A Warm Welcome!

These pages are recording the restoration activities and background of the world's only remaining coal-fired, standard gauge, balanced, double-engined Sentinel steam locomotive (and a few other things).
Something like this!
'Blog or Web-site? Sentinel Steam Loco 7109 is a web-log. 'Blogs and web-sites differ in a number of ways. Once designed, a web-site can remain static for a long time with only occasional updates for news or additions. A blog is more dynamic and better suited to rapidly changing situations with frequent updates. Blogging tools, such as Google's 'Blogger' as used here, include features that enable readers to interact with the content and be kept up to date automatically. This contrasts with a web-site on which the onus is on you to have a look when you remember. Thus blogs encourage readers to become involved and contribute their own ideas.

For readers who have not read many 'blogs before, these notes should help you to find your way around.

Searching: There is a search box in the banner at the top of the blog page to help you find what you are looking for.

Pictures: Click on a picture to zoom to a larger version.
Click your browser's back arrow or equivalent to return to where you were.

Centre column: The blog postings
Each article will appear in the central column either when it is first published or when selected from a left hand column hyperlink.

Commenting: Yes you can!
Under each posting is a section for comments where you can contribute your own information, questions, suggestions or whatever you like. (I reserve the right to remove unsuitable material!). So, if you think I've missed a trick, let me know!

Left hand column: Navigation
Each blue text item is a hyperlink to more information. Click on the blue text and the target page will appear in a new browser tab or window. Articles can be found by subject, archive date or by using the search box. The blog is set to show the five most recent articles. Sixth and older articles go into the archive but remain accessible for all time. The archive catalogues articles on a monthly basis.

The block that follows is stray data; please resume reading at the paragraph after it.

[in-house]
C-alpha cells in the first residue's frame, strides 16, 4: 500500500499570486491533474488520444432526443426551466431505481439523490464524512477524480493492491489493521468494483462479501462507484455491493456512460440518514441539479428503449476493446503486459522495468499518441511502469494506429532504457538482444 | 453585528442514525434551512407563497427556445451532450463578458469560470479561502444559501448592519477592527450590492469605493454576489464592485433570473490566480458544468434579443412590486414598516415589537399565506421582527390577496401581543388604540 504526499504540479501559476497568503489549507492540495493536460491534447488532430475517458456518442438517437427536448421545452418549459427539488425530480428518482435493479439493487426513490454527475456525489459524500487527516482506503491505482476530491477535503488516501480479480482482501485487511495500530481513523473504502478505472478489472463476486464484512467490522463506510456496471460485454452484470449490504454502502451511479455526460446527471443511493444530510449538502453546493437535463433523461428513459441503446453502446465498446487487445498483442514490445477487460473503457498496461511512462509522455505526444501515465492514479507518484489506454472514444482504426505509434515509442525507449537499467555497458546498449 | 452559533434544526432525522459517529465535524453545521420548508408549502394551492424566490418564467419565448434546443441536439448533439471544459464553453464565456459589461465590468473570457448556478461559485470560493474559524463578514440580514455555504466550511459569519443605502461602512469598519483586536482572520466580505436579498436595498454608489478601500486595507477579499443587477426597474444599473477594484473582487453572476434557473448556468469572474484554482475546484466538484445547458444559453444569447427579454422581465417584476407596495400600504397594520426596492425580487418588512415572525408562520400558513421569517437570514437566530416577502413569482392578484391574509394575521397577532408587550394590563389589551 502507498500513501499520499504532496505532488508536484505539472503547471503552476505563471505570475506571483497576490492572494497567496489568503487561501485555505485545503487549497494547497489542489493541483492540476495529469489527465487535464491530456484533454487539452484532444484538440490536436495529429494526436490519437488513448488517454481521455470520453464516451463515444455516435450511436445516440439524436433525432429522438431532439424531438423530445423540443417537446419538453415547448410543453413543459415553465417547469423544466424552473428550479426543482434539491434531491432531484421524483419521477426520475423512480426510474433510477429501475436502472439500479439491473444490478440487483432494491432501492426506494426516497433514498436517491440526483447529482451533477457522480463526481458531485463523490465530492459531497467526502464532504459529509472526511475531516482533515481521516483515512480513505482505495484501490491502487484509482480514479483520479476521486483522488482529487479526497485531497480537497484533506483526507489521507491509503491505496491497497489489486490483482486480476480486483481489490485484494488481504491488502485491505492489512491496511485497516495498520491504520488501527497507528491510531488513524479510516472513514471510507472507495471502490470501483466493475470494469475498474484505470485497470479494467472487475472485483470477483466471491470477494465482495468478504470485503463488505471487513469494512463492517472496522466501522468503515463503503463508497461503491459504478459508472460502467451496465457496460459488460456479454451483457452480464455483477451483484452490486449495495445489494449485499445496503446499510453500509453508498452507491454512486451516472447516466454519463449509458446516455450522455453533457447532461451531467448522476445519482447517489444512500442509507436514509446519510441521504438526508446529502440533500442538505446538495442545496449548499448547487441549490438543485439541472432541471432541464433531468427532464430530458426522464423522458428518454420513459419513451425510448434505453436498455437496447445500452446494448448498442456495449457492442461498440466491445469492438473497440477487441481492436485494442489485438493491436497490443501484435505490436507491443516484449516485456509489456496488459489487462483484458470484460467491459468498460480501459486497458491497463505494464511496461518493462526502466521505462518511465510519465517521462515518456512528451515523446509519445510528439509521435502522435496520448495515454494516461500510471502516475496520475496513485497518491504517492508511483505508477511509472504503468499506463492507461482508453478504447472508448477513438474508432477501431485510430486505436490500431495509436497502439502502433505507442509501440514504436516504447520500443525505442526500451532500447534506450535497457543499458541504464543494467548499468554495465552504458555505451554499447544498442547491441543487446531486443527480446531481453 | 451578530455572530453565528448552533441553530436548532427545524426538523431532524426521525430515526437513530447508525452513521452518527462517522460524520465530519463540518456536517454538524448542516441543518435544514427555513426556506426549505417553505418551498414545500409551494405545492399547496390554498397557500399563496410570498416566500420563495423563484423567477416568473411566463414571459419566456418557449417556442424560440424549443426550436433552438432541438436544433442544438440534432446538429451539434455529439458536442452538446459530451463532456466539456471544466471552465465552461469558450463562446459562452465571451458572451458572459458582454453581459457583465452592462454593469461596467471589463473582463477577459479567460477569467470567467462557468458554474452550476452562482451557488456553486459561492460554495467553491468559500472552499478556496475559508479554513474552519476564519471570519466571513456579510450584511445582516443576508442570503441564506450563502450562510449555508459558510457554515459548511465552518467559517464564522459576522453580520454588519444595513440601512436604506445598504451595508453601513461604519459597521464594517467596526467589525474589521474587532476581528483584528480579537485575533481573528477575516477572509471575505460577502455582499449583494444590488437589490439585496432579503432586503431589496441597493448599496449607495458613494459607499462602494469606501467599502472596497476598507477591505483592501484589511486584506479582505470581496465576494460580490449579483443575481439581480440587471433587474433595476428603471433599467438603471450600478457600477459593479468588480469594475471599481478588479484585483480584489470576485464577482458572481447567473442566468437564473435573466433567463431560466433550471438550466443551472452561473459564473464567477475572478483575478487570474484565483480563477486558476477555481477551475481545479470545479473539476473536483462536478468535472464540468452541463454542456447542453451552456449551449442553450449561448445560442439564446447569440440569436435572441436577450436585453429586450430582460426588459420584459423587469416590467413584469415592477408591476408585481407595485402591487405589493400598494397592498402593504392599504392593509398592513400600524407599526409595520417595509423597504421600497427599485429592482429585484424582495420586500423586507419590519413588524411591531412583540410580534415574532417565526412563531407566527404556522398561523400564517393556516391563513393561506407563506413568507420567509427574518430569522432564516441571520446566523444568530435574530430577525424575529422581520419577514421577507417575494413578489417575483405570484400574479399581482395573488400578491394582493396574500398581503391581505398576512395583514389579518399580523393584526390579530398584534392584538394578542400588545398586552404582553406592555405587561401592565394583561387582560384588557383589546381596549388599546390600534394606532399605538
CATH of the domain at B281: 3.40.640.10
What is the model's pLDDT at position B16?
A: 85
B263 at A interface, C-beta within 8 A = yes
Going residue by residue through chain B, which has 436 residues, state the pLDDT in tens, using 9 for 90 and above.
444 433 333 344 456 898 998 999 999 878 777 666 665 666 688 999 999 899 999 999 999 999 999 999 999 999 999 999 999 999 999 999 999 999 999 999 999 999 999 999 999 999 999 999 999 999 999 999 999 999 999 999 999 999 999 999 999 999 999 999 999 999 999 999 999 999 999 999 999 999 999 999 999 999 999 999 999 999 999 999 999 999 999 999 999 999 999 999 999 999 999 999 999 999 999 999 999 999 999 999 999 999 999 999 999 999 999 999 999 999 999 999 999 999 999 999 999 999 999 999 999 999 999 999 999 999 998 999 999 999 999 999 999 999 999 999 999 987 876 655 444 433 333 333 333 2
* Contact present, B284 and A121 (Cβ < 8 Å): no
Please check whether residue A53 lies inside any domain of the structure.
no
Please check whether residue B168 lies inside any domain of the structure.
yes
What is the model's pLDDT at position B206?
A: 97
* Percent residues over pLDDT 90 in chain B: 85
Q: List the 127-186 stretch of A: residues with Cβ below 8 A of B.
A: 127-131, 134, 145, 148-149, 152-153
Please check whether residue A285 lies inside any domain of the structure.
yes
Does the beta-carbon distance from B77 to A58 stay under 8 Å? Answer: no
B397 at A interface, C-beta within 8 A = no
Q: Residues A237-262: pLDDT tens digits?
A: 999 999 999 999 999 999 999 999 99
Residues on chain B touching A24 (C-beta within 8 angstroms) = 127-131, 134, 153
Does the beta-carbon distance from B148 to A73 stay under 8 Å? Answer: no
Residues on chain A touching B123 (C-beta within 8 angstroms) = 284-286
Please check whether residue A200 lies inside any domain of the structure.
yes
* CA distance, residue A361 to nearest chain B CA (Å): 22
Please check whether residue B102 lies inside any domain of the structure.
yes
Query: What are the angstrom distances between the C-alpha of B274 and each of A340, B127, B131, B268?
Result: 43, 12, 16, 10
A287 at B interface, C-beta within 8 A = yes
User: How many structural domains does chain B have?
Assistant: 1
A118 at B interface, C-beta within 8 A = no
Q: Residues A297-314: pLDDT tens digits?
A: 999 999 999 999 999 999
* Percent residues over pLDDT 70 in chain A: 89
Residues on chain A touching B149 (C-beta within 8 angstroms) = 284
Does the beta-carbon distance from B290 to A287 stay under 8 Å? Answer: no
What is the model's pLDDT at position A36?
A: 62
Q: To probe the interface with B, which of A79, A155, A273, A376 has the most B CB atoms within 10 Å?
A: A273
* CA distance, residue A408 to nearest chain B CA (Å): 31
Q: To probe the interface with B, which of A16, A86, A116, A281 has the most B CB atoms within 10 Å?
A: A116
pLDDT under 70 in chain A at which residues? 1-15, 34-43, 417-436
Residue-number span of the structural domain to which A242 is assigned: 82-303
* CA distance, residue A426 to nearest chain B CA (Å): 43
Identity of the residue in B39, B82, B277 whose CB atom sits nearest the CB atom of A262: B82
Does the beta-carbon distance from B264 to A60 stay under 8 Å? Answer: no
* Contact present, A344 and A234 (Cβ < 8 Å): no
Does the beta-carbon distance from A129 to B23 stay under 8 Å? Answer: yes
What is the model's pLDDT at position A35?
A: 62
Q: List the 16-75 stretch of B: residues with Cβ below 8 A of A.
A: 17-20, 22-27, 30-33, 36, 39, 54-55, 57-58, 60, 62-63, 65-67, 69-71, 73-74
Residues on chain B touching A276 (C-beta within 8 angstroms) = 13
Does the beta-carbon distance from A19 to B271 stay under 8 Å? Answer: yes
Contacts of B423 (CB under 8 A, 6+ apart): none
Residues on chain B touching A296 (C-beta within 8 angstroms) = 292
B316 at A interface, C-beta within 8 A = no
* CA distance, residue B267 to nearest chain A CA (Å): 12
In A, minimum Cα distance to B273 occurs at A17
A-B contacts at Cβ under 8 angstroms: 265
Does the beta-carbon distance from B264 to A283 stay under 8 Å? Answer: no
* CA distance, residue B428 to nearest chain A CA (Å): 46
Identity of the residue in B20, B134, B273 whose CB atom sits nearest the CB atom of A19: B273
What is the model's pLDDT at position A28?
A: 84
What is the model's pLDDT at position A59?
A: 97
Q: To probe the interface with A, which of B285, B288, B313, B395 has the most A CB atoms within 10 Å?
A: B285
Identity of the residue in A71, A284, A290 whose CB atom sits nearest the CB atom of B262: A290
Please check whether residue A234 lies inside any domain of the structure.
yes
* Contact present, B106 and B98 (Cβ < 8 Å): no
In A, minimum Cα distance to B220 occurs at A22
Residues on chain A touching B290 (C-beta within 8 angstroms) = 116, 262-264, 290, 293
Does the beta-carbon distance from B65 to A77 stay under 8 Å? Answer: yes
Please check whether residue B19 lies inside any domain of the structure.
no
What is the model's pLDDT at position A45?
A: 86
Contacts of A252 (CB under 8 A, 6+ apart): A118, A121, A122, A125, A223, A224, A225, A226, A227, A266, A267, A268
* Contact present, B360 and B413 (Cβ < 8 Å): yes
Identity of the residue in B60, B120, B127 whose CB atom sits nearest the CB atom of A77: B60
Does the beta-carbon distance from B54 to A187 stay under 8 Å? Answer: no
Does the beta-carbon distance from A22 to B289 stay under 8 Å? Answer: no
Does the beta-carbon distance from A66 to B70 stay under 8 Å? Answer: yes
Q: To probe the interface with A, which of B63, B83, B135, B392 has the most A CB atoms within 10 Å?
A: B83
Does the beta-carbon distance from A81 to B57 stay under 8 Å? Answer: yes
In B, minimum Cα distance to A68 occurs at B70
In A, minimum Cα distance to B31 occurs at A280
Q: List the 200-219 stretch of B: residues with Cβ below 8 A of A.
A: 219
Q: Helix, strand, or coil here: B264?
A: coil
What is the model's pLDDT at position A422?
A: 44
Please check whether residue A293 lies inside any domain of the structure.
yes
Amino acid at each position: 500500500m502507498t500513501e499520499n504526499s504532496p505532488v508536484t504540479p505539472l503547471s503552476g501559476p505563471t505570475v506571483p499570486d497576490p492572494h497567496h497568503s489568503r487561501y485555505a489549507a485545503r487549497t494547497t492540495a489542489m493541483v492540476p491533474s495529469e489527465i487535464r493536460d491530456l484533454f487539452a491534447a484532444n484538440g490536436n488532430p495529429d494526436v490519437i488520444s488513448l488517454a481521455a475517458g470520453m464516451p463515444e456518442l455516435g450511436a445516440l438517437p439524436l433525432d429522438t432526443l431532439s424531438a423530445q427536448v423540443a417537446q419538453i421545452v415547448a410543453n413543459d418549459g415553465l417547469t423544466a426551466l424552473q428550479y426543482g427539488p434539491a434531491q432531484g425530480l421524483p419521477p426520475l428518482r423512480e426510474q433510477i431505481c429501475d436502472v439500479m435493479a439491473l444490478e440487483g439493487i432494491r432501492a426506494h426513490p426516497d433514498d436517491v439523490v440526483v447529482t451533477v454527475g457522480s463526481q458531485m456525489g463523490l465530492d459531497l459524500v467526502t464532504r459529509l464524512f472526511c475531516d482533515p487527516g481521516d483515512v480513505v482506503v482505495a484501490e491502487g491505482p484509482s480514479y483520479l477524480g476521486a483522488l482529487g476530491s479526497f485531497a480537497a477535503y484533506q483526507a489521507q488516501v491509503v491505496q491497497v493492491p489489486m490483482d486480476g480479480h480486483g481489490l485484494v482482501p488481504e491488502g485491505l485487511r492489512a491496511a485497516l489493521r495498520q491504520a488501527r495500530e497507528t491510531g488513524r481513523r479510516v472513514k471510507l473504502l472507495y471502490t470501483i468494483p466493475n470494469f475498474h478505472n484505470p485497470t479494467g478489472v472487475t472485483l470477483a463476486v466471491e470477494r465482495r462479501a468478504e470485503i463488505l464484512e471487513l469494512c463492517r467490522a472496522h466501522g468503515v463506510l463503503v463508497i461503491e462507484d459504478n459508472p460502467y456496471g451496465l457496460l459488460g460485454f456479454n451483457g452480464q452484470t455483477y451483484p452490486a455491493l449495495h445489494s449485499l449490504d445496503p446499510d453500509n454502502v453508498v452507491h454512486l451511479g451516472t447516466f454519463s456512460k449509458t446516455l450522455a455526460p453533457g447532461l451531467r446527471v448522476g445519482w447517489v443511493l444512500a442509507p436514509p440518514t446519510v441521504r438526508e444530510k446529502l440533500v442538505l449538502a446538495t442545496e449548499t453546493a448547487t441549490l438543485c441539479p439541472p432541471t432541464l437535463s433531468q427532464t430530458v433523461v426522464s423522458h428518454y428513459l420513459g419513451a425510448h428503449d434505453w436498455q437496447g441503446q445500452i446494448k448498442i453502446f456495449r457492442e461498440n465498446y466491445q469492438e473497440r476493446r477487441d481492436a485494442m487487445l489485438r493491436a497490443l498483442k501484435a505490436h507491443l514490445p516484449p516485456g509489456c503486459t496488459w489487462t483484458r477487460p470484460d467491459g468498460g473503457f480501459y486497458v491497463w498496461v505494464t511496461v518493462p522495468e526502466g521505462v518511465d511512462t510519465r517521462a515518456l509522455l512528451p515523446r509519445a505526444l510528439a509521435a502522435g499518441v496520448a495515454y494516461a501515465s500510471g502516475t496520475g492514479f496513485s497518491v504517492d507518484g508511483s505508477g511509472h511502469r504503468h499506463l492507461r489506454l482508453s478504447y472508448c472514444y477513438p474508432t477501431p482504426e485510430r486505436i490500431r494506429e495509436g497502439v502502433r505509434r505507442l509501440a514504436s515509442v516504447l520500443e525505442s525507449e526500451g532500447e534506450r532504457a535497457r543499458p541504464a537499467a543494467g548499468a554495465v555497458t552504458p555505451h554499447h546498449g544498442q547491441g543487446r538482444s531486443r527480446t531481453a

Right hand column: Subscribing (and other general stuff)
If you put your email address into the box under 'Follow 7109...', you will receive an email asking for authentication to ensure it is really you. Reply to this and each time a new article is posted, an email will let you know. It is very easy to unsubscribe so don't be put off.

If you have a Google account, you can click in the 'Subscribe to 7109' boxes for updates of article postings or comments.

Getting back Home: Click a 'Home' hyperlink and all will be reset

Hopefully, the above should help you get the best from this and other blogs. Send me a comment if you need more help!


  1. I used to work opposite Croydon Gasworks and saw Joyce occasionally. One Sunday I was able to get on to the footplate (she was not in steam) and don't remember seeing any cladding so it must have been pretty hot with the small space between boiler and cab back.